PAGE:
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Neural Plasticity
Volume 2015, Article ID 242158, 12 pages
Research Article

Expression of p53 Target Genes in the Early Phase of Long-Term Potentiation in the Rat Hippocampal CA1 Area

1Novosibirsk State University, Pirogova Street 2, Novosibirsk 630090, Russia
2Institute of Molecular Biology and Biophysics SB RAMS, Timakova Street 2, Novosibirsk 630117, Russia
3International Tomography Center (ITC) SB RAS, Institutskaya Street 3-A, Novosibirsk 630090, Russia
4Laboratory of Biomedical Informatics, Design Technological Institute of Digital Techniques SB RAS, Akademika Rzhanova Street 6, Novosibirsk 630090, Russia

Received 17 October 2014; Accepted 27 January 2015

Academic Editor: Michel Baudry

Copyright © 2015 Vladimir O. Pustylnyak et al. This is an open access article distributed under the Creative Commons Attribution License, which permits unrestricted use, distribution, and reproduction in any medium, provided the original work is properly cited.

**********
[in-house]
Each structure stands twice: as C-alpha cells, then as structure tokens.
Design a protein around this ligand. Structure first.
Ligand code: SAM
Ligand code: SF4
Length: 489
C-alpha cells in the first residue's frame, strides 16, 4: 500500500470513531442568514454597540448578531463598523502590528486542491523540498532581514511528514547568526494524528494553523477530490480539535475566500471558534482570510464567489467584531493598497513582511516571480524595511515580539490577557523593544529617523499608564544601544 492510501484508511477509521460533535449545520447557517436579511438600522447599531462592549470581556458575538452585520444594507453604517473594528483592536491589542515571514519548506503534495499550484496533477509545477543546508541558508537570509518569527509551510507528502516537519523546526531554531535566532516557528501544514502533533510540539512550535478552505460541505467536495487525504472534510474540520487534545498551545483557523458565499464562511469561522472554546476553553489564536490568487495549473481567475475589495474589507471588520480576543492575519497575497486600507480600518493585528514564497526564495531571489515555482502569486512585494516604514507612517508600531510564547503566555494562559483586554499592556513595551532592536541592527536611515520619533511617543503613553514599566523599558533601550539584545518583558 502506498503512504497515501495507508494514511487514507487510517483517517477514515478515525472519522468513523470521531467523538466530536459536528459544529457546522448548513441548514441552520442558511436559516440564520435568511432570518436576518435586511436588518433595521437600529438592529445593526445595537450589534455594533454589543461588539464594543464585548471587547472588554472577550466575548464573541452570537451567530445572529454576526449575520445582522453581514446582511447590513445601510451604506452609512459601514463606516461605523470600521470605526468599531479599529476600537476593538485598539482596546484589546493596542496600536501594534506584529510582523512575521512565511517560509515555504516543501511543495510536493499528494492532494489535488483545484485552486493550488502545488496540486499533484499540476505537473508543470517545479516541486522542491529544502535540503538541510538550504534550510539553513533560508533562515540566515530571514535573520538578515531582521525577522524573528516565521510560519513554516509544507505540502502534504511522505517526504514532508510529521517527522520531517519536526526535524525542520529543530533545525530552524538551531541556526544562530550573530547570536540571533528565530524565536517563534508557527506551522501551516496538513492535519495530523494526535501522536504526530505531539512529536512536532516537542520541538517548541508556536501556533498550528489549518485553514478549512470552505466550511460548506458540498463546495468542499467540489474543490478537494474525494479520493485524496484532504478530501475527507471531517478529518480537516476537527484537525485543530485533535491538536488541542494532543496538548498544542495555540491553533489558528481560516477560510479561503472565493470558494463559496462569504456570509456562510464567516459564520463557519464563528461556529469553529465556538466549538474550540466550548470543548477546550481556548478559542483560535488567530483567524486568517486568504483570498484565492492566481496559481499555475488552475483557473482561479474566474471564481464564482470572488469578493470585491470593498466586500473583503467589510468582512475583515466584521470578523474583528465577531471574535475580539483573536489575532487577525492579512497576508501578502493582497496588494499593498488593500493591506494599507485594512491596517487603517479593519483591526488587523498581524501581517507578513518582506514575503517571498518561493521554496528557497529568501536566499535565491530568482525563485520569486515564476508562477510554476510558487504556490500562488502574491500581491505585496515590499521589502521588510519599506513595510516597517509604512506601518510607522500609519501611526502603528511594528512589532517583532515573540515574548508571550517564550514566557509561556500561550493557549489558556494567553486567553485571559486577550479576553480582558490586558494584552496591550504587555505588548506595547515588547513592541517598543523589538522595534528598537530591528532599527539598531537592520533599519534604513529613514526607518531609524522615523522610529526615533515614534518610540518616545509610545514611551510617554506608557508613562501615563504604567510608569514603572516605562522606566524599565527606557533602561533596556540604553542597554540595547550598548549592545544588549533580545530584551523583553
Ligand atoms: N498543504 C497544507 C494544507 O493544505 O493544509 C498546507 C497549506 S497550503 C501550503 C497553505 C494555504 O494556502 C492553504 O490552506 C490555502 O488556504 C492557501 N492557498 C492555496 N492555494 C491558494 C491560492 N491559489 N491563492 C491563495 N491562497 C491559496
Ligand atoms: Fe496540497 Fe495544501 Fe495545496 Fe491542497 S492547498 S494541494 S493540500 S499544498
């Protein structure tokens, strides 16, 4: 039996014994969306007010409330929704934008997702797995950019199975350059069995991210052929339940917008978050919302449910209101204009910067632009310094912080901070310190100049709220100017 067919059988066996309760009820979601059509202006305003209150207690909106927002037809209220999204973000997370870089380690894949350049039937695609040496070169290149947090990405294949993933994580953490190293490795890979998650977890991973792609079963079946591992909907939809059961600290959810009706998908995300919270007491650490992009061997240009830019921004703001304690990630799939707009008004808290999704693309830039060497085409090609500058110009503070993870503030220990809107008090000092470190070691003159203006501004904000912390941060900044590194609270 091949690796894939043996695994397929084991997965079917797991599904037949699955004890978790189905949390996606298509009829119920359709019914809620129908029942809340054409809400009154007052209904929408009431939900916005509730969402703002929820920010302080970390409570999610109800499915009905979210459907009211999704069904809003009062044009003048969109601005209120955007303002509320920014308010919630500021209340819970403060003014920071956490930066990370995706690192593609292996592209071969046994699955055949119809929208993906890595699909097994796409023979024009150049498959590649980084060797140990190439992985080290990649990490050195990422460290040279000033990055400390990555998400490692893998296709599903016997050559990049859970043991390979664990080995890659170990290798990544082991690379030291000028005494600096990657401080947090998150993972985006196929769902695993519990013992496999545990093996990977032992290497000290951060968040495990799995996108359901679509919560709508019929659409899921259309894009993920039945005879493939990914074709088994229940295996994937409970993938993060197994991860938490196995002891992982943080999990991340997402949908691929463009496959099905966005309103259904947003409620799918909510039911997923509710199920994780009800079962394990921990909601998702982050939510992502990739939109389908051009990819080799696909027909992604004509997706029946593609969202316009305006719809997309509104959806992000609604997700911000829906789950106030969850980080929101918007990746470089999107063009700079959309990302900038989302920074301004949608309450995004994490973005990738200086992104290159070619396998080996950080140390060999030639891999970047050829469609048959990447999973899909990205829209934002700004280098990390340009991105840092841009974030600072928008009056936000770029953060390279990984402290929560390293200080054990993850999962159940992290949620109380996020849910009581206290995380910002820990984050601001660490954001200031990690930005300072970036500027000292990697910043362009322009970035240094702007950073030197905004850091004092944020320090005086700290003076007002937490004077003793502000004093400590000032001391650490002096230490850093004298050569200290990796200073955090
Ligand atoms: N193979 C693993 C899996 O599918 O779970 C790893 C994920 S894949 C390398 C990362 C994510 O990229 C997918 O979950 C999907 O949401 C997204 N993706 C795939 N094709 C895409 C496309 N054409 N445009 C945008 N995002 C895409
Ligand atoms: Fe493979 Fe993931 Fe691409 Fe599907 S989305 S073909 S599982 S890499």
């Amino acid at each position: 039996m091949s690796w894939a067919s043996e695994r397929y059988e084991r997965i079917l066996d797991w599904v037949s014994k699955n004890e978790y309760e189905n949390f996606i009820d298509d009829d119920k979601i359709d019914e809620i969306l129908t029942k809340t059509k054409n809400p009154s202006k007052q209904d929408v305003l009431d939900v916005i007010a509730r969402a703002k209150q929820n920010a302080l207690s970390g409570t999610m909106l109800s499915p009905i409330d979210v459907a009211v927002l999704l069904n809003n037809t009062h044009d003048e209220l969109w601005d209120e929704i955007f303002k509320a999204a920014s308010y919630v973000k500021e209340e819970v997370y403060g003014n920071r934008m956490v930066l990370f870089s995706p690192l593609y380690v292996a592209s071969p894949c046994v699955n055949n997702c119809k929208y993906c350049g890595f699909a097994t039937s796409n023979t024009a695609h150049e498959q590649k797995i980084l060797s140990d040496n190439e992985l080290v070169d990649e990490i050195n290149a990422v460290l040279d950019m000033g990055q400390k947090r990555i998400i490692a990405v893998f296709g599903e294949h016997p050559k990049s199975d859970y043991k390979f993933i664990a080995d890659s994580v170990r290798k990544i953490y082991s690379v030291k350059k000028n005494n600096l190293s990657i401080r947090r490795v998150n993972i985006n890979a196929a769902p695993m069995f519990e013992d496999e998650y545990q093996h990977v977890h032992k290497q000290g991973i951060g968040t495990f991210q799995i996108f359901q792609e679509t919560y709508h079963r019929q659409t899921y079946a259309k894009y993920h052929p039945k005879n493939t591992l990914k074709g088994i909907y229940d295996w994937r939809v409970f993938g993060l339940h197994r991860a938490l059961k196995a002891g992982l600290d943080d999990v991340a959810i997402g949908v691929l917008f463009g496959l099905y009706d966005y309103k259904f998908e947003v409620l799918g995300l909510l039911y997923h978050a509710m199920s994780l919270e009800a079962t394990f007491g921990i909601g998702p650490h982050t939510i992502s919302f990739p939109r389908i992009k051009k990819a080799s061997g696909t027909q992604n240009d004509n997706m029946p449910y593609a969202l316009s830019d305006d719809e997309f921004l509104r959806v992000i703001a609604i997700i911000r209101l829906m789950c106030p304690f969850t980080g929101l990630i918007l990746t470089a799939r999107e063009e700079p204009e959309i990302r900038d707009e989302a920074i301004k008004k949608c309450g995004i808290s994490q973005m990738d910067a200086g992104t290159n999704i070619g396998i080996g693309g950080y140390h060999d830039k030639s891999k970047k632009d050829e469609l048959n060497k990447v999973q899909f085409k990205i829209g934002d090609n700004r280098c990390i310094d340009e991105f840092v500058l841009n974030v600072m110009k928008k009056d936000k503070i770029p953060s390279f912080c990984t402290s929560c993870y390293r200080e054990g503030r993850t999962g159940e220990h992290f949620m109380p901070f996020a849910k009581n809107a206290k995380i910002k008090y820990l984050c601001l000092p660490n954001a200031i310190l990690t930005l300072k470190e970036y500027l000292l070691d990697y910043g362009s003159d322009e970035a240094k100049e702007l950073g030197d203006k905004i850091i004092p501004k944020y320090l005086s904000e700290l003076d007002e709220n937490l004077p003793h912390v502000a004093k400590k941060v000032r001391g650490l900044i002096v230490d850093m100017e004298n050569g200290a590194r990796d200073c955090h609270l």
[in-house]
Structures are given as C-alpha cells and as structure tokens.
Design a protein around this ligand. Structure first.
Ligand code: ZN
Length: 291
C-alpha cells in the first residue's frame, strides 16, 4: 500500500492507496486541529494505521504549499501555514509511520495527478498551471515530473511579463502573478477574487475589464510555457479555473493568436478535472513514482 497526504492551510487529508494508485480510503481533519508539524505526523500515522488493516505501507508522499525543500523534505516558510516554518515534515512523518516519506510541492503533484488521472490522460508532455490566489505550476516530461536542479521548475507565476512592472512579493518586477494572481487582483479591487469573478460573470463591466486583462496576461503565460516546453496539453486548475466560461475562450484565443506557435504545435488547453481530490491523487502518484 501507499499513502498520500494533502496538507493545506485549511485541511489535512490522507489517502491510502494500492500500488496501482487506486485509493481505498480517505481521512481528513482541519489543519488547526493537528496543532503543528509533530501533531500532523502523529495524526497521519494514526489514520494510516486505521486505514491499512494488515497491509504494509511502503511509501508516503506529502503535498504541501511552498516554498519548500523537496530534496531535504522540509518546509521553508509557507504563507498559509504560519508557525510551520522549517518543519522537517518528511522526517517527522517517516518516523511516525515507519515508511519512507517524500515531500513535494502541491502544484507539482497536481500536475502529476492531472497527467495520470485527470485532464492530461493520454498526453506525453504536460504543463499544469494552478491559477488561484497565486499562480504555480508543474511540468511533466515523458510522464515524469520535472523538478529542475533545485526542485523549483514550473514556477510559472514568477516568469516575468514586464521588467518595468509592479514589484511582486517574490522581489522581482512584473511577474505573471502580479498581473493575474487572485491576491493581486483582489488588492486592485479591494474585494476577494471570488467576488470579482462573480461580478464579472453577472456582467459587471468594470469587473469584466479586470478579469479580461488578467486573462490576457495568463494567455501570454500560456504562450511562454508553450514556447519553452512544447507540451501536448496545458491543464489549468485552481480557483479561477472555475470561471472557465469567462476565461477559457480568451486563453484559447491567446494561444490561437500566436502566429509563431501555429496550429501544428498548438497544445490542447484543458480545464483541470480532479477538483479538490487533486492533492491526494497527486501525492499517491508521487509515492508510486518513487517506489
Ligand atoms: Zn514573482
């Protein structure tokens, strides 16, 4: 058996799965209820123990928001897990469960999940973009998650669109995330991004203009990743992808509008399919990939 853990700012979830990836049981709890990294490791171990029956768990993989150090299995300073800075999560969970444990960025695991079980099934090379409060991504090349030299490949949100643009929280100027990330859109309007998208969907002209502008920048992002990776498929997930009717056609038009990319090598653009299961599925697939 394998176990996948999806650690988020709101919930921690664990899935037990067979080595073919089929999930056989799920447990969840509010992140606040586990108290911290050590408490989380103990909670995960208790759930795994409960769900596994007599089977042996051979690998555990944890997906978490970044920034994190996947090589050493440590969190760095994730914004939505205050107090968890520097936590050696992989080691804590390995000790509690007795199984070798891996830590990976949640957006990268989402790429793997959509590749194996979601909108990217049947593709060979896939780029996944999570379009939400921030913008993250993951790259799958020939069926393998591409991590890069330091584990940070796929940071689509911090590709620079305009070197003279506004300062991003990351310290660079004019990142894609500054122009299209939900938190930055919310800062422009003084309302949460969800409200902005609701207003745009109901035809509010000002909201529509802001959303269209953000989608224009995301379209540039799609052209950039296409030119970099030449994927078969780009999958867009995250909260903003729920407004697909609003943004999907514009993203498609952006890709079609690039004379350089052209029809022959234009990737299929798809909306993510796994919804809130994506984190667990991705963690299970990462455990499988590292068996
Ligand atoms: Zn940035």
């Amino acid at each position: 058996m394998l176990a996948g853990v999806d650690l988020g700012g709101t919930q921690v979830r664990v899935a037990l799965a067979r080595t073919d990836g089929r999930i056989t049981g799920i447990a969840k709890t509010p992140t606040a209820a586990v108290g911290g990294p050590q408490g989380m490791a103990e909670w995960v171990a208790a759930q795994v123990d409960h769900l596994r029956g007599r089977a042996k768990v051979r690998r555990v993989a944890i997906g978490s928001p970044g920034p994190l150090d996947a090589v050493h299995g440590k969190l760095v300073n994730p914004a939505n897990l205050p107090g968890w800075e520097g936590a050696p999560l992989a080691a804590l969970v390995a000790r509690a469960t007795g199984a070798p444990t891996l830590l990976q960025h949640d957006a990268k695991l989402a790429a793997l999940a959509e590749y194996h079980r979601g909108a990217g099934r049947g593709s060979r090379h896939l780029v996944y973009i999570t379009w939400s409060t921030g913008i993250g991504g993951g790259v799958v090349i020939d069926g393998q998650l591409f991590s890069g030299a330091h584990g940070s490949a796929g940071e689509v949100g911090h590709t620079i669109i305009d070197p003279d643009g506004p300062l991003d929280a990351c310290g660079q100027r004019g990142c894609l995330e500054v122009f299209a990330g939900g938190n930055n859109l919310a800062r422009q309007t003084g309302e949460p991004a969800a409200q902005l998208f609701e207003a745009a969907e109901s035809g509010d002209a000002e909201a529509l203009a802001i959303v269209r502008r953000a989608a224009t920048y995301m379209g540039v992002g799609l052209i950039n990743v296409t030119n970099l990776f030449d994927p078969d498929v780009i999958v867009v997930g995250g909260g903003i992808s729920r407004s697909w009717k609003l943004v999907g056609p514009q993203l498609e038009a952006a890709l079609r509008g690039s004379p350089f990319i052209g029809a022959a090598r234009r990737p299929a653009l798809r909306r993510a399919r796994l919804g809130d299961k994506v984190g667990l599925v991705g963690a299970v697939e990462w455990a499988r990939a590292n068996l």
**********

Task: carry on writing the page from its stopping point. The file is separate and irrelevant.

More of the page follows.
Gene expression plays an important role in the mechanisms of long-term potentiation (LTP), which is a widely accepted experimental model of synaptic plasticity. We have studied the expression of at least 50 genes that are transcriptionally regulated by p53, as well as other genes that are related to p53-dependent processes, in the early phase of LTP. Within 30 min after Schaffer collaterals (SC) tetanization, increases in the mRNA and protein levels of Bax, which are upregulated by p53, and a decrease in the mRNA and protein levels of Bcl2, which are downregulated by p53, were observed. The inhibition of Mdm2 by nutlin-3 increased the basal p53 protein level and rescued its tetanization-induced depletion, which suggested the involvement of Mdm2 in the control over p53 during LTP. Furthermore, nutlin-3 caused an increase in the basal expression of Bax and a decrease in the basal expression of Bcl2, whereas tetanization-induced changes in their expression were occluded. These results support the hypothesis that p53 may be involved in transcriptional regulation during the early phase of LTP. We hope that the presented data may aid in the understanding of the contribution of p53 and related genes in the processes that are associated with synaptic plasticity.